Subsequently, my mother and I had many years of sporadic communication, both because I wanted to limit my relationship with her after being so hurt, and because she wanted to limit her own interaction with her children. She did call me when she received news that the cancer had metasticized to her brain, and she was going to get laser treatment to try to eradicate the tumors. She was scared there was a chance she was not going to survive the surgery, and wanted the chance to speak with me beforehand. Even though we hadn’t had a strong connection for a number of years by that point, the news was heartbreaking, and I had quite a meltdown. I ached with the thought of losing my mother forever. It hurt me to know we might not have the chance to make reparations to our relationship.  My mother survived the surgery, and I increased my efforts to reach out to her, but she never reciprocated the efforts, so I gave up.
It was only when I moved back to the east coast that our relationship got better. I don’t know if my mother’s declining health, combined with my physical distance from her, made her realize she wanted to make reconnecting with me more of a priority again. Or if, because my mother’s body and mind had been so exhausted by the many treatments she had gone through over the years, she had mellowed enough to sustain a more consistent line of communication without feeling the need to attack me or flee our relationship. But I knew that despite the whirlwind and pain of our past, I needed to allow myself to reconnect with her. I’m really glad I did. For the two to three years prior to her passing away, I spoke with my mother with greater regularity, and she was willing and wanting to be a mother again. It was the relationship I had always hoped for and sought out – one where we cared about and listened to one another with sincere interest and a feeling that at least seemed to near unconditional love.
Emmy, I am sorry you will probably not remember my mother, and that you only met her once, when you were a baby.  I hope I can share enough of my memories of her with you that you will get to know who she was, and maybe together we can come up with a term of endearment that seems appropriate.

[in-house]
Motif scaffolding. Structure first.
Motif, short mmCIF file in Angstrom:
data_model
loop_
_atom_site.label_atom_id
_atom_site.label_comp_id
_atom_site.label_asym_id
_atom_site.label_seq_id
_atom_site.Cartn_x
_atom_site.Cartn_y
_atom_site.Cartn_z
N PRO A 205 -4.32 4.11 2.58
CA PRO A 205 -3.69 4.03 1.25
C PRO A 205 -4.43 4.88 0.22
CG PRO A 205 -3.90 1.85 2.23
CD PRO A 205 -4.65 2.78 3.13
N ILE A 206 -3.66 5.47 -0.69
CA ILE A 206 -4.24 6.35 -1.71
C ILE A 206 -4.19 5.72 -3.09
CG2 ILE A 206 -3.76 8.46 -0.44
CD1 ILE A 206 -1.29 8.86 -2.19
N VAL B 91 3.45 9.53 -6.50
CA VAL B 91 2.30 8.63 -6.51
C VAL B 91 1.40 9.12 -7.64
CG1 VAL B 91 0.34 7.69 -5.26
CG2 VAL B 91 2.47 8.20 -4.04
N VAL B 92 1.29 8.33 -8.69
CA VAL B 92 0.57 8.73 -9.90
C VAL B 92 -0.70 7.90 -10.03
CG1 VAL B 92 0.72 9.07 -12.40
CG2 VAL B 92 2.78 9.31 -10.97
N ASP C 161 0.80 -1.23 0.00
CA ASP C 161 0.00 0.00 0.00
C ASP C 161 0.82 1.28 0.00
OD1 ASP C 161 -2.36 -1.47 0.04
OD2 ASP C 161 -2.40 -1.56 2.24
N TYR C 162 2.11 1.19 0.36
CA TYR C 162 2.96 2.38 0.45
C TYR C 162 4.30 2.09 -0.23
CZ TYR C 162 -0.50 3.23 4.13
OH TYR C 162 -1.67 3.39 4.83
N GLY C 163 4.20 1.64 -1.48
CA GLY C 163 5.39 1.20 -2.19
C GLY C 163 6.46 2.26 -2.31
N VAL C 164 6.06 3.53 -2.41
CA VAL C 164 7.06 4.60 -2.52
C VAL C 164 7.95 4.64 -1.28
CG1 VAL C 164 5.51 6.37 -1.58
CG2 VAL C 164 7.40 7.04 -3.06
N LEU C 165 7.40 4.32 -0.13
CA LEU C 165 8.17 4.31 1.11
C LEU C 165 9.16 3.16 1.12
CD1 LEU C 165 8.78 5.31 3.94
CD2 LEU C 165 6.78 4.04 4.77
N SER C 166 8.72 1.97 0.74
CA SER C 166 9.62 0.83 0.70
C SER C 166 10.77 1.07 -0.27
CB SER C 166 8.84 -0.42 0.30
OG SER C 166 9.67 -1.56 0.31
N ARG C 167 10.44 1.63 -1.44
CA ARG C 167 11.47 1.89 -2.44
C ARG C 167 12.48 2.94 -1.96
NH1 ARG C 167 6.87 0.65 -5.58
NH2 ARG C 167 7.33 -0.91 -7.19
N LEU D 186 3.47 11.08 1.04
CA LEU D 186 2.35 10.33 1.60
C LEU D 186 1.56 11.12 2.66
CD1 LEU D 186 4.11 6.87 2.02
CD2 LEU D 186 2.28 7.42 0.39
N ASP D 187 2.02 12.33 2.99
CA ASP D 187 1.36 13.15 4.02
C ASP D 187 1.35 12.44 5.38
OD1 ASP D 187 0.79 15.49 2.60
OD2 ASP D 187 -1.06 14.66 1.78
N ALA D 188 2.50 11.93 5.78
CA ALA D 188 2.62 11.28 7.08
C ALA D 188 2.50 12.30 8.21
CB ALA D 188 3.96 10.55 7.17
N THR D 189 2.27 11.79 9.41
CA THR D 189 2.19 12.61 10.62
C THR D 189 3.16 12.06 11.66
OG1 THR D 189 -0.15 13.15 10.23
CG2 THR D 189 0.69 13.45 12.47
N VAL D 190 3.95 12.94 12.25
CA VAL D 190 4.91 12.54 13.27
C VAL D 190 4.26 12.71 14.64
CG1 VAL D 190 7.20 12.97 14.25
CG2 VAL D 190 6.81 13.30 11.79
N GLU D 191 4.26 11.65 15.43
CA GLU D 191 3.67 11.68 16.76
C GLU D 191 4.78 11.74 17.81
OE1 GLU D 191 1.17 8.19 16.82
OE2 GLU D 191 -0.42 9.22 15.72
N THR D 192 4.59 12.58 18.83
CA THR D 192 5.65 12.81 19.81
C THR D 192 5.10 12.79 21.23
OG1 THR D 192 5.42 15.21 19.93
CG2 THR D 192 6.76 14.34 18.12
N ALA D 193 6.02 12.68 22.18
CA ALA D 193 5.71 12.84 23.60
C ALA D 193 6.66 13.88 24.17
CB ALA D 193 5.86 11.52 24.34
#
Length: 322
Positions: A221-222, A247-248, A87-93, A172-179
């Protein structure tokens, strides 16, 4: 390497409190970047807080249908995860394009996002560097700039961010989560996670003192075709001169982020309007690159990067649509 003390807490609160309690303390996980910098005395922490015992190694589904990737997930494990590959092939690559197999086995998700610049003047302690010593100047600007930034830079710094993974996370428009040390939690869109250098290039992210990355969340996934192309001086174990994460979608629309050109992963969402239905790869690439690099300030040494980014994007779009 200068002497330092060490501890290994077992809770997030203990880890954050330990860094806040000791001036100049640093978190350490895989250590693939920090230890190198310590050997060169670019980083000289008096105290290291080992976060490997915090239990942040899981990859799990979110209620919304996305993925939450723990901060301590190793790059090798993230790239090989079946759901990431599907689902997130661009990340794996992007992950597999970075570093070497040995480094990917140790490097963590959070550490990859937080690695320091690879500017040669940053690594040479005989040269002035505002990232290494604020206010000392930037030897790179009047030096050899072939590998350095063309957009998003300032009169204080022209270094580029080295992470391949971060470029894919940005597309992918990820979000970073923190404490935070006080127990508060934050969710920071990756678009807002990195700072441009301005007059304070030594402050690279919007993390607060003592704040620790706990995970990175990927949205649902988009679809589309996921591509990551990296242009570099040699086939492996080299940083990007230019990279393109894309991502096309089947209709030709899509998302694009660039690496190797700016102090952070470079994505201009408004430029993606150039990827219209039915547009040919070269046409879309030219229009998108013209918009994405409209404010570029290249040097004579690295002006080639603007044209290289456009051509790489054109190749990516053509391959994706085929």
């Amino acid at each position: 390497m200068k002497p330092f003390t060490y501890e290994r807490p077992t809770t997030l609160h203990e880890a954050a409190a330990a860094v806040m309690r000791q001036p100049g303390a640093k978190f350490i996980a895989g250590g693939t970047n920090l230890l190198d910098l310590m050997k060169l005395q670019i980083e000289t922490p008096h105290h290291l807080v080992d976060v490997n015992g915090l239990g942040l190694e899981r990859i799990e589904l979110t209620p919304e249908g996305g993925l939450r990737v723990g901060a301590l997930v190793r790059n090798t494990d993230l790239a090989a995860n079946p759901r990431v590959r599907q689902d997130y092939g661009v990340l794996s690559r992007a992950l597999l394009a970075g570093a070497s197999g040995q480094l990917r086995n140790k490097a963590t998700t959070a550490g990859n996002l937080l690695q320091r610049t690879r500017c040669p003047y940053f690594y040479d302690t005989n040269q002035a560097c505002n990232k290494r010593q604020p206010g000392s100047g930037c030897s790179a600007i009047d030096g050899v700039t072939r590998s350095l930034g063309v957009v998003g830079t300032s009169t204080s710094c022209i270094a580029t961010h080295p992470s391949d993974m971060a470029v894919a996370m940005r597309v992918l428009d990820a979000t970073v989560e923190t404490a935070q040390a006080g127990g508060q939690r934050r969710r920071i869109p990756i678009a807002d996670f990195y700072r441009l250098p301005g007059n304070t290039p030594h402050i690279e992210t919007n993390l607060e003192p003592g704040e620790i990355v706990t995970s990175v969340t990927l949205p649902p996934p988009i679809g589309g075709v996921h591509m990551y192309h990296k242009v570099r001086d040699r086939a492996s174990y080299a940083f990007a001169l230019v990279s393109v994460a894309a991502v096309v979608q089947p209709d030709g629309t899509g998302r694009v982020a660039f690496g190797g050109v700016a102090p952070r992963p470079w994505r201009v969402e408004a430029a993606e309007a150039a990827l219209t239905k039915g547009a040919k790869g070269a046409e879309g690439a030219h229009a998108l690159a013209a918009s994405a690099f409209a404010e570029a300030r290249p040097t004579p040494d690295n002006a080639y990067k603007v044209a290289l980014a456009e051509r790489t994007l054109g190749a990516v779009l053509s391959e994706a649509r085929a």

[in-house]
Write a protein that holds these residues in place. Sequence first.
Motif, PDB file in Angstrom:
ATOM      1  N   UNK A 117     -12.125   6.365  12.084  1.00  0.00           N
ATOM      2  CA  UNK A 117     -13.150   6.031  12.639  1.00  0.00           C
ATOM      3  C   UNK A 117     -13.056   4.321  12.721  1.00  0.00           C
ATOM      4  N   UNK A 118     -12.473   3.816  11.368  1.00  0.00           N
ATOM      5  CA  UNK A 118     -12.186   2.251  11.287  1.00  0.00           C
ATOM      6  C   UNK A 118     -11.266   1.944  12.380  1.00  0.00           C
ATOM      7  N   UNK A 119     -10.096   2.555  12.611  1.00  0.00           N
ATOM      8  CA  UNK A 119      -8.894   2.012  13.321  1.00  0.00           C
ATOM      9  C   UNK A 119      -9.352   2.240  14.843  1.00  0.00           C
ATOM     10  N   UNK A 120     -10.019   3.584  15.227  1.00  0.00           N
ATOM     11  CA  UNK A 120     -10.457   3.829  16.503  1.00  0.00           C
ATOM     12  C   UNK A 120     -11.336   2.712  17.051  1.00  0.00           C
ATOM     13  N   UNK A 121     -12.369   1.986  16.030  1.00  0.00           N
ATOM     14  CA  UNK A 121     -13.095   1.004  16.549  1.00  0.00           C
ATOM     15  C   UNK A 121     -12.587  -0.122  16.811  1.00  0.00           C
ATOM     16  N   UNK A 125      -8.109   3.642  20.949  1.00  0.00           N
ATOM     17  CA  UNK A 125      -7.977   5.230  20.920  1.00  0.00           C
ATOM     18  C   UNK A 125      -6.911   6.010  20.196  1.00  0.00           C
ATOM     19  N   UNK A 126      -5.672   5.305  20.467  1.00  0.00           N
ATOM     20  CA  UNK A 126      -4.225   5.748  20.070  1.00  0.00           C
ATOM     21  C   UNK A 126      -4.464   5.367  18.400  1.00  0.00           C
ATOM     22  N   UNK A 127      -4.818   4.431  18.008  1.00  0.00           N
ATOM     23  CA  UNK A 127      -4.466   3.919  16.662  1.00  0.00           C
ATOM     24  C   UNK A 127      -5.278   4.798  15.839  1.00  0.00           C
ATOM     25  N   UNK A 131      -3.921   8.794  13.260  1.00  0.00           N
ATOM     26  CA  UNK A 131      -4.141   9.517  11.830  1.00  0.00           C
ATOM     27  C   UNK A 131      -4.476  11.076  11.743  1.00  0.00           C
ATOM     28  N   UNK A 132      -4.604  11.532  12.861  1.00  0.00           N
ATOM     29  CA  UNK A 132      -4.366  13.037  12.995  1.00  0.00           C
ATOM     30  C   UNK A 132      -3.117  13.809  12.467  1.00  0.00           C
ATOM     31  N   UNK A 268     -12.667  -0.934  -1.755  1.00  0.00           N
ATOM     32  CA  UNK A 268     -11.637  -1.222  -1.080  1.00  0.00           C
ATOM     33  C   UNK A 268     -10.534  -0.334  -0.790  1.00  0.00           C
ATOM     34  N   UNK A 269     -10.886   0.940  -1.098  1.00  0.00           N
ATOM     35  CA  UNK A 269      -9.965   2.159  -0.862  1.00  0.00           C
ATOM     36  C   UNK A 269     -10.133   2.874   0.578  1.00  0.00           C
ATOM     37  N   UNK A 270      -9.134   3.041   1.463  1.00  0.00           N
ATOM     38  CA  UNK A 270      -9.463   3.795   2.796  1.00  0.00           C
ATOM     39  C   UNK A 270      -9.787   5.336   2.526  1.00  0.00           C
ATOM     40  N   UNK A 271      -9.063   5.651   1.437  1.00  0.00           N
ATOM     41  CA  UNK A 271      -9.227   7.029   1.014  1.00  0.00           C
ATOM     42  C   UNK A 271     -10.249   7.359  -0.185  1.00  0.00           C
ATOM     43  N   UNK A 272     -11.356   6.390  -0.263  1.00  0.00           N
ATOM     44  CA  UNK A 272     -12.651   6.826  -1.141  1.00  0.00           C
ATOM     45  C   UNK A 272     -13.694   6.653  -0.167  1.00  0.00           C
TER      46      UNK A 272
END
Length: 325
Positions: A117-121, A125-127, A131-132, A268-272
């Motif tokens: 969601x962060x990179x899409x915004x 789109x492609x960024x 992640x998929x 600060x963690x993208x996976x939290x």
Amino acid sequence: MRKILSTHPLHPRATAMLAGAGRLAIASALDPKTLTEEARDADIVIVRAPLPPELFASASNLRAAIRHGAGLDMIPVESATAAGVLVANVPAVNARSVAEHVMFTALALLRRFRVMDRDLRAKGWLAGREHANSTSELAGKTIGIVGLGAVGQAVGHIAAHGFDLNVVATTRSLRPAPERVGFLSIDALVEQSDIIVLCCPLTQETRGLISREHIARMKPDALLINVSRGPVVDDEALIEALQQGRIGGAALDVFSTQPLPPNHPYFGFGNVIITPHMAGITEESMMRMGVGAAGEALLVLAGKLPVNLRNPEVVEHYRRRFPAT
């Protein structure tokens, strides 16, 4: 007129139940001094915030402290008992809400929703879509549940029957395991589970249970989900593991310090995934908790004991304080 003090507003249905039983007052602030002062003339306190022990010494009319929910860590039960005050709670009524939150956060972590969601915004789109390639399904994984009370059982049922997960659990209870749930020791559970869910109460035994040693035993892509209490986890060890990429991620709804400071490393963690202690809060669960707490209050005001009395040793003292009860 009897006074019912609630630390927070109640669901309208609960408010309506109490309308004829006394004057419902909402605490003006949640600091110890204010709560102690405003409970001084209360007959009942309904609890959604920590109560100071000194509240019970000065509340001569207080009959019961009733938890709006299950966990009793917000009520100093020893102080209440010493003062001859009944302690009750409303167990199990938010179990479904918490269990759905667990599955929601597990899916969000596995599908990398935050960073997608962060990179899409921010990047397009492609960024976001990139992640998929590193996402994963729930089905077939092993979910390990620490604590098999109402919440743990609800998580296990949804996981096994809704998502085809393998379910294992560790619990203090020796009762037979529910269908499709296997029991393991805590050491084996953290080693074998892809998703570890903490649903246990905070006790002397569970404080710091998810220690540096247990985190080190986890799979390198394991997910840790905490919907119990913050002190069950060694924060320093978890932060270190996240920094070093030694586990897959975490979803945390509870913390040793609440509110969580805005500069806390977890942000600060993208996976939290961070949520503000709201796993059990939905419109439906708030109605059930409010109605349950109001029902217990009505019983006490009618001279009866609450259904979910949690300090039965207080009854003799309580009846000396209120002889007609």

I miss you, mommy.


  1. I <3 you and much like I will pass what Mehmere taught and instilled in me to my children, Emmy will know your mother through you. Don't stop talking about her to Emmy though, she will know her through that alone.

    Perhaps something as simple as "My Mom" until Emmy can give her a name of her own will be good for now.

  2. I'm so very sorry, D. That breaks my heart. Because of your experience with your mom, it will make you into the mom you wish you had. Your relationship with Emmy will be so much more endearing, loving and nurturing.
    I am sad your mom passed from breast cancer- I am a 6 year survivor..and the thought of my boys losing , and vise versa...broke my heart. ('me' back there, I can't go back to correct it grrrrr)'. Ans please please get mammograms ASAP, if you haven't already.
    Ps..great picture of the 3 of you..a wonderful one for Emmy to see, often, as time goes on.

  3. Thank you so much, Annie. I agree with you wholeheartedly, and know that my relationship with my mom has definitely informed my relationship with Emmy in so many ways. Every relationship is an opportunity for learning, eh?
    I am both sorry to hear you have had to fight cancer, and very glad to know you are a survivor. I can only imagine what you have been through.
    My mother lived an amazing 19 years after her first diagnosis (she was stage 2 at the time, and the cancer had already spread to her lymph nodes). She beat all the odds and prognosis she was given, in spades. Its kind of reassuring.
    I just found out in late 2011 that I am BRCA positive, which means I have some tough decisions to make, and definitely have to be vigilant when it comes to monitoring my breast and ovarian health. I am seriously considering getting surgery to help greatly reduce my cancer risk, but it is a tough decision to make. I, like you, am heartbroken by the thought of NOT being here for Emmy for many years to come. Providing love and care for my daughter is my top priority, and I will do whatever it takes in order to do so for as many years as I am able. You probably understand that feeling very very well.

    Big hugs,